A new trade world: Routes for Latin America and the Caribbean to grow Apr. 2017, with José Juan Ruiz Gómez.

          Identifying the risks from corporate currency mismatches in emerging economies Feb. 2016, with Julian Caballero and Ugo Panizza. 5766 reads

          Commodity booms and busts: Evidence from 1900 to 2015. April 2015, 20422 reads.

          The credit cycle and LatAm vulnerabilities April 2014, with Julian Caballero and Ugo Panizza. 15560 reads.

          A new taxonomy of Sudden Stops: Which Sudden Stops should countries be most concerned about? August 2013, with Eduardo Cavallo. 17411 reads.

Publications

PUBLICATIONS BY TOPIC

SOVEREIGN DEBT, FISCAL POLICY, RATINGS AND RISK

CAPITAL FLOWS

ON THE ROLE OF MULTILATERAL ORGANIZATIONS

  • "Liquidity Protection versus Moral Hazard: The Role of the IMF" joint with Leandro Arozamena, Journal of International Money and Finance, December 2003, vol 22, iss. 7, pp.1041-1063. Available here

  • “Countries with international payments’ difficulties: what can the IMF do?”, in, “ The IMF and its Critics  ”. Cambridge University Press, 2004 (Feb). eds. C.L. Gilbert and D. Vines.

  • "Positioning the World Bank", with Christopher Gilbert and David Vines, Economic Journal. November 1999, vol 109, no 459, pp598-633. Available here

  • The World Bank and Conditionality  " with C.Gilbert, R. Hopkins and A. Roy, Journal of International Development, 1997, vol 9, no. 4.

BANKING

  • “MONETARY POLICY AND ANTI‐CYCLICAL BANK CAPITAL REGULATION” with Roger Aliaga‐Díaz and María Pía Olivero Andrew Powell. Economic Inquiry Volume 56, Issue 2 April 2018 Pages 837-858. Paper here

  • “Can Emerging Country Bank Regulators Establish Credible Discipline? The case of Argentina, 1992-1999”, Joint with Charles Calomiris, in “Prudential Supervision” ed. R.Mishkin, NBER & Chicago Press, 2001 and NBER working paper 7715, 2000. Also available as NBER paper here

  • “The Importance of an Effective Legal System for Credit Markets: The Case of Argentina” (joint with Marcela Cristini and Ramiro Moya) in “Defusing Default”, Pagano, M (ed). (2001), John Hopkins Press, Washington DC. Also available as IDB Working Paper here

  • The use of credit bureau information in the estimation of capital and provisioning requirements" with Michael Falkenheim, in " Credit Reporting Systems and the International Economy  ", edited by Margaret J. Miller, Chicago Press, - Fall 2002.

  • Banking on Foreigners: The Behavior of International Bank Lending to Latin America, 1985-2000  ” joint with Maria Soledad Martinez Peria and Ivanna Vladkova Hollar. IMF Staff Papers. 2005. Vol 52 No 3.

  • On the real dangers of Basel II for emerging economies ” (2005) paper presented at the conference on Globalization and Financial Services in Emerging Economies World Bank, 20-21 of June 2005, previous version on LAC published in Spanish as “ Implicaciones de Basilea II para América Latina  ” by the Banco de España in Estabilidad Financiera, vol 6, 2004. pp149-172.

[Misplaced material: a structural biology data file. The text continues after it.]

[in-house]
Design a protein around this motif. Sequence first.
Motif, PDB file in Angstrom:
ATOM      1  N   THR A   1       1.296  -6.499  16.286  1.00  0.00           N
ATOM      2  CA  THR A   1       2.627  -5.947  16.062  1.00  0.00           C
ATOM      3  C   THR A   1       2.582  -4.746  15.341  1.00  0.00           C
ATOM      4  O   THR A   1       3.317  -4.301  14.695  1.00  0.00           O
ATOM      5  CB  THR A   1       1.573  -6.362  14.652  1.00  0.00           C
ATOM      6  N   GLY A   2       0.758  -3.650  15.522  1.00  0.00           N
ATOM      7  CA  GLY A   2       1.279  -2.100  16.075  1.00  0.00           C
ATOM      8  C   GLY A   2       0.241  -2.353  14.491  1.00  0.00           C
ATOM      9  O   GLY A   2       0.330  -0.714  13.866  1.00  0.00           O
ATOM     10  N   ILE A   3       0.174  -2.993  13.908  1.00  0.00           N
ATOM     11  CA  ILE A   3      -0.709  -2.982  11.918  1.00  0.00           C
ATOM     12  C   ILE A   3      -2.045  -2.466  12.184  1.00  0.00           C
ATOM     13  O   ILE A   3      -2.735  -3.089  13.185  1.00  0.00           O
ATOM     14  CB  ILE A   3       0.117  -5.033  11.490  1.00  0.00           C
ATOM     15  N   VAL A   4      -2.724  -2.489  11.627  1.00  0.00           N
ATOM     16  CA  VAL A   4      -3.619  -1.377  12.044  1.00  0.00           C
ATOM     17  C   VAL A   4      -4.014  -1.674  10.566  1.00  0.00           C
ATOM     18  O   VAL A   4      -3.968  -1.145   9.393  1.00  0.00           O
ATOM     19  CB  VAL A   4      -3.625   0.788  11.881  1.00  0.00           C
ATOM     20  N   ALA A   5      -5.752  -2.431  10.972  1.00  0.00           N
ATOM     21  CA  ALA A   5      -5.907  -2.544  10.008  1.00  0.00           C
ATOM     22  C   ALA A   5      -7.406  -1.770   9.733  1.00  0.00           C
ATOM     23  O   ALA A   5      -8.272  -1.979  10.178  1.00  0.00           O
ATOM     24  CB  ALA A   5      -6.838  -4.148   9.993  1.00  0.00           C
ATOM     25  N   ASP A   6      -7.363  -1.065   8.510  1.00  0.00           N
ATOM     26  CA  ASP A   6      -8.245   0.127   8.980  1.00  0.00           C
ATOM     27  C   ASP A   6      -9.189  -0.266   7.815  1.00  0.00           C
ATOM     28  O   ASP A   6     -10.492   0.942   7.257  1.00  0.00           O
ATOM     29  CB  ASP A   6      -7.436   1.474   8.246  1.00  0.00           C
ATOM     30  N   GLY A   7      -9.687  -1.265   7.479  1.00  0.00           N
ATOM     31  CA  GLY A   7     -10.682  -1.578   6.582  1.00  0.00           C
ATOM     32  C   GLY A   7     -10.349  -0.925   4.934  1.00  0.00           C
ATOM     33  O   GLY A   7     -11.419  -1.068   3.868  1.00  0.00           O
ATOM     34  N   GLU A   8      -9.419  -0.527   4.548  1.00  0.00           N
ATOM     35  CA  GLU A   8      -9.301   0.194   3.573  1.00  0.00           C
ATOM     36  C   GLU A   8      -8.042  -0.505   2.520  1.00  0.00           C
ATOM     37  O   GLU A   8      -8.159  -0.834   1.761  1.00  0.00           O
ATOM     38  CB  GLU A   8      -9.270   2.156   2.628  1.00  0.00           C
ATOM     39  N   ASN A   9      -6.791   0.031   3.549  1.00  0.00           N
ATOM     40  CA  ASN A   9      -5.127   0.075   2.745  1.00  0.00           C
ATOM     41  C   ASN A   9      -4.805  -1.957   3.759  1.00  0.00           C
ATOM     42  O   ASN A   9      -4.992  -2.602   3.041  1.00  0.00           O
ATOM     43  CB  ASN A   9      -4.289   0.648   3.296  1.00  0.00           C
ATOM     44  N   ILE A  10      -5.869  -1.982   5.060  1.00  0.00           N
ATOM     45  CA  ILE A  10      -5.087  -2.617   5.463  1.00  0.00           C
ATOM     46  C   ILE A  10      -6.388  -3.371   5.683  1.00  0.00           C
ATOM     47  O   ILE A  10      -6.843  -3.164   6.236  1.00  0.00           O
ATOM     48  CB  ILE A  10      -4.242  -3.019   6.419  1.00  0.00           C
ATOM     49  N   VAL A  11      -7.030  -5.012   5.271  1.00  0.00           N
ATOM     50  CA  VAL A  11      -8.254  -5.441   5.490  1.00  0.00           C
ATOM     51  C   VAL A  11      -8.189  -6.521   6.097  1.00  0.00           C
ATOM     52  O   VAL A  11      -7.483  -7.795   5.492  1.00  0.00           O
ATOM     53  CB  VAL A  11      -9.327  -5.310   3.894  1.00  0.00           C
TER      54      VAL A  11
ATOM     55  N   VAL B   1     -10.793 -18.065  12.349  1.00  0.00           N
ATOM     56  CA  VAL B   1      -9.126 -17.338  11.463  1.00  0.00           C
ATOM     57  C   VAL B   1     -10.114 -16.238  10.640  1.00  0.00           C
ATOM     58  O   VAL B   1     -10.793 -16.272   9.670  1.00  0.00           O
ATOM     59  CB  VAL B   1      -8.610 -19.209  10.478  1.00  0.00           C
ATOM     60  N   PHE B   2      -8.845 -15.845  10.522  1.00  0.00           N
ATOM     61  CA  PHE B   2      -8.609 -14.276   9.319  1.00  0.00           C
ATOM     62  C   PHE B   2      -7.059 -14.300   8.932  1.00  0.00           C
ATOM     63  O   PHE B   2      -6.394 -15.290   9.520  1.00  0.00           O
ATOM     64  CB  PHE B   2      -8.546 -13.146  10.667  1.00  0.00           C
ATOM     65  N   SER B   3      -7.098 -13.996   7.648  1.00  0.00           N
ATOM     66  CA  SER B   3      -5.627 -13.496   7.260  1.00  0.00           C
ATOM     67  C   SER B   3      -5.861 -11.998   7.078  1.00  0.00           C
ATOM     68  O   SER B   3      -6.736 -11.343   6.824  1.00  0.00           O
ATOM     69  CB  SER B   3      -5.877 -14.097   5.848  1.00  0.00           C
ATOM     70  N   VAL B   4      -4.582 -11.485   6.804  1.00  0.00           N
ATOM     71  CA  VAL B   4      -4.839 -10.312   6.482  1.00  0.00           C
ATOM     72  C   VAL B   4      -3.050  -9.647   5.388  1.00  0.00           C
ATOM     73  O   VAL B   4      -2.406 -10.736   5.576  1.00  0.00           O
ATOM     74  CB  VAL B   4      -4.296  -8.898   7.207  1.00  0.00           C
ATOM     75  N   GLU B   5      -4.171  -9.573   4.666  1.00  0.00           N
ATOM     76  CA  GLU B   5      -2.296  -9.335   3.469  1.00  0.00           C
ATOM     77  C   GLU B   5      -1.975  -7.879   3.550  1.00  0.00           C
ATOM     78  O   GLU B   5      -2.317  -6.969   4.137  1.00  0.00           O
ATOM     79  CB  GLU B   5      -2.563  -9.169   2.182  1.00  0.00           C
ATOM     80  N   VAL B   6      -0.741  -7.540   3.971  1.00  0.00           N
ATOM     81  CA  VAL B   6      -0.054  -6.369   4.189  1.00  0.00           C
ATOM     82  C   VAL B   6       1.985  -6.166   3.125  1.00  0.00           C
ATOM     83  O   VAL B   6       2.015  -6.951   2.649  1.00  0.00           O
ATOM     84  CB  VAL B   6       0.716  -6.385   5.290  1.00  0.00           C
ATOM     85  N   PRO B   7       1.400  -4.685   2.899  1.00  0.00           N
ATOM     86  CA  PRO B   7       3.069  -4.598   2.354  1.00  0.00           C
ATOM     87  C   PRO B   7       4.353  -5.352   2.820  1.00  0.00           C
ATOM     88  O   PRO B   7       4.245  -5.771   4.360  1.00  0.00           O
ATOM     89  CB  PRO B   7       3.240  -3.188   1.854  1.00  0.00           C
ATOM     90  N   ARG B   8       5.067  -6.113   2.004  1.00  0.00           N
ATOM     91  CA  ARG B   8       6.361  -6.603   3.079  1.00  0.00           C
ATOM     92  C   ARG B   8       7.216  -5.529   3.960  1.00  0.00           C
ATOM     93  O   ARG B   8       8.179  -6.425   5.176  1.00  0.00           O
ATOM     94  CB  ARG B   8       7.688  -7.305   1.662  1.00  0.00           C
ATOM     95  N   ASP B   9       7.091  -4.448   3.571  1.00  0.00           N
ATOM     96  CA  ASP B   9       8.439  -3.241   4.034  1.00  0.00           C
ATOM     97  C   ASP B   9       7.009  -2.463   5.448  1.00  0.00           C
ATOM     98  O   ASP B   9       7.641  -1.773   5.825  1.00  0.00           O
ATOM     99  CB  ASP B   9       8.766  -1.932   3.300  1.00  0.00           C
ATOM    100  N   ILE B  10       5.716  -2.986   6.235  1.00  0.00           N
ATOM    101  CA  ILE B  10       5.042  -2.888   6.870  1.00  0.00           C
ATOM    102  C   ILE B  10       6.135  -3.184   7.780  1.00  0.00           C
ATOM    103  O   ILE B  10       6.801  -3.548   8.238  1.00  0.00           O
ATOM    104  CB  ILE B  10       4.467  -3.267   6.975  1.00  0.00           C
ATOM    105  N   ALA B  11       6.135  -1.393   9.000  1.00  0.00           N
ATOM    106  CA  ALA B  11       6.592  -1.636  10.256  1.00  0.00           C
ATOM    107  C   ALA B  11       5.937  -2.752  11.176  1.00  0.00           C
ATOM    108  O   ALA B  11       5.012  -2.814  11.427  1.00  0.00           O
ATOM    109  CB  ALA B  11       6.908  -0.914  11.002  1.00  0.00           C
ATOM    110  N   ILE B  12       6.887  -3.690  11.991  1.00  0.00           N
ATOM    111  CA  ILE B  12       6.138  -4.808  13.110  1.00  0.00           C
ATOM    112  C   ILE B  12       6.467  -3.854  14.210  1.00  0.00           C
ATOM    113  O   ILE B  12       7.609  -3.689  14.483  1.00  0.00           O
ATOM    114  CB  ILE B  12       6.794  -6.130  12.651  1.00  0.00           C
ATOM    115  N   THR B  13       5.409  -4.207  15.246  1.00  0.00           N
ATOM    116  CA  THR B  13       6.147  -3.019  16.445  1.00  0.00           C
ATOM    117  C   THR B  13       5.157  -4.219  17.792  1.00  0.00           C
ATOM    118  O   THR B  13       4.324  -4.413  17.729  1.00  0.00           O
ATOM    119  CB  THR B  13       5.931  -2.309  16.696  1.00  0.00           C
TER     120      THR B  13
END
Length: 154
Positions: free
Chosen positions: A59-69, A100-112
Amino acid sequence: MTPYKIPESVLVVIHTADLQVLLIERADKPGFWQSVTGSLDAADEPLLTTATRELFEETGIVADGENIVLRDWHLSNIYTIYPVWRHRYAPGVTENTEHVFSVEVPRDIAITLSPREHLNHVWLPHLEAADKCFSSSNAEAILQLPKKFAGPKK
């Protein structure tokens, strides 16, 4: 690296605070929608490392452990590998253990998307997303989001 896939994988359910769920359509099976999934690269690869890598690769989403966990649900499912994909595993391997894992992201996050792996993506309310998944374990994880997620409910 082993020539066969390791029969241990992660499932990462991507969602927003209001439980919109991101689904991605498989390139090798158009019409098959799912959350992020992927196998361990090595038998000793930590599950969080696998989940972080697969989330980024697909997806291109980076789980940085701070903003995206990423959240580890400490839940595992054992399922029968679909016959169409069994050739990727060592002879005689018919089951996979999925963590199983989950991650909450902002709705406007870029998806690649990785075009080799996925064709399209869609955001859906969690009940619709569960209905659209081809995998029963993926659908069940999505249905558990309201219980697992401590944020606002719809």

COMMODITY MARKETS

INSTITUTIONAL PUBLICATIONS

  • “The Economics of Natural Resources in Latin America” Ed. with Osmel Manzano and Fernando Navajas. Routledge. Available here

  • “Financial Systems to Make Savings Count” with Eduardo Cavallo. Chapter 3 of Savings for Development, IDB 2016 DIA Flagship Publication. Available here

  • “Time to Act: Latin America and the Caribbean Facing Strong Challenges” 2016 IDB Latin American and Caribbean Macroeconomic Report. Coord. Available here

  • “The Labyrinth: How Can Latin America and the Caribbean Navigate the Global Economy” 2015 IDB Latin American and Caribbean Macroeconomic Report. Coord. Available here.

  • “Global Recovery and Monetary Normalization: Escaping a Chronicle Foretold?” 2014 IDB Latin American and Caribbean Macroeconomic Report. Coord. Available here

  • “Rethinking Reforms: How Latin America and the Caribbean Can Escape Suppressed World Growth” 2013 IDB Latin American and Caribbean Macroeconomic Report. Coord. Available here

  • “The World of Forking Paths: Latin America and the Caribbean Facing Global Economic Risks” 2012 IDB Latin American and Caribbean Macroeconomic Report. Coord. Available here

  • “Taxing commodities with the future in mind” with Gustavo Garcia and Osmel Manzano, Chapter 10 of More than Revenues, IDB 2013 DIA Flaghsip Report. Available here

  • The Quality of Life in Latin American Cities: Markets and Perception  ”, Ed. with Lora, E., P. Sanguinetti and B. van Praag, 2010 Latin American Development Forum. IDB/World Bank.

  • “Urban Quality of Life: More than Bricks and Mortar” with Eduardo Lora and Pablo Sanguinetti, Chapter 8 of Beyond Facts: Understanding Quality of Life, IDB 2008 DIA Flagship Report. Available here